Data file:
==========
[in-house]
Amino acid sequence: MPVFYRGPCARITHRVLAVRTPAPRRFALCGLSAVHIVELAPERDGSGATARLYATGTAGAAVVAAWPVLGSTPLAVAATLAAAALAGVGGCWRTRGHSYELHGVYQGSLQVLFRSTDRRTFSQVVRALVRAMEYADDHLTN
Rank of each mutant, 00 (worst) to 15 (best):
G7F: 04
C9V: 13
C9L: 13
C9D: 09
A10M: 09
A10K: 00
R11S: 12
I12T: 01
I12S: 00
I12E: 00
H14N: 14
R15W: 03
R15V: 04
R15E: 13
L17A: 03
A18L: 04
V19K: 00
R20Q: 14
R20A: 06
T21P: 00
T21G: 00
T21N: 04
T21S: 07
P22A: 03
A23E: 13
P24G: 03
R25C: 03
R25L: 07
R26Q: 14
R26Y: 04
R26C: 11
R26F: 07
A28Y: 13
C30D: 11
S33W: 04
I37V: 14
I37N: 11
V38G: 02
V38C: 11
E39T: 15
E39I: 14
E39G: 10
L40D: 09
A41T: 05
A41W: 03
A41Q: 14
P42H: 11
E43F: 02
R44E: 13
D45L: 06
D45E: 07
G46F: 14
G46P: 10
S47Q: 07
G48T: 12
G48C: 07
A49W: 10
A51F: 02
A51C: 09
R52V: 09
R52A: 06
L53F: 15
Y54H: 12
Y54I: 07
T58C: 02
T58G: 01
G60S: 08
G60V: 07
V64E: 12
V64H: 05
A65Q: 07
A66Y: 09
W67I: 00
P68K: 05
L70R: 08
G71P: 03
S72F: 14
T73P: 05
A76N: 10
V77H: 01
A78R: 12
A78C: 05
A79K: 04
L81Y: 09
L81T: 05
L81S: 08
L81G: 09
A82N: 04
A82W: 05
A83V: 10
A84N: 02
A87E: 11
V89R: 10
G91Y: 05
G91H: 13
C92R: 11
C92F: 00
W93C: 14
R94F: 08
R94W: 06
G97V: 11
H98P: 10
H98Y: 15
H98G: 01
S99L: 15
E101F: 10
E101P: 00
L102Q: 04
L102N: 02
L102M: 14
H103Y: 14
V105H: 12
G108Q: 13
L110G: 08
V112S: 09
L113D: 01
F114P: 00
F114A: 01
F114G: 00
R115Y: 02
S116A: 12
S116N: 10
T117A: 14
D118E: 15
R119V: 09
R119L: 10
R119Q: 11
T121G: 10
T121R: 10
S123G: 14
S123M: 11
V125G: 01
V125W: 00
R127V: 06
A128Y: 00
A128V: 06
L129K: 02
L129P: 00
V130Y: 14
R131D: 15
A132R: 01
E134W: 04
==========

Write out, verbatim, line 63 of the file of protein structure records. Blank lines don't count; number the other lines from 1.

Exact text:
R52V: 09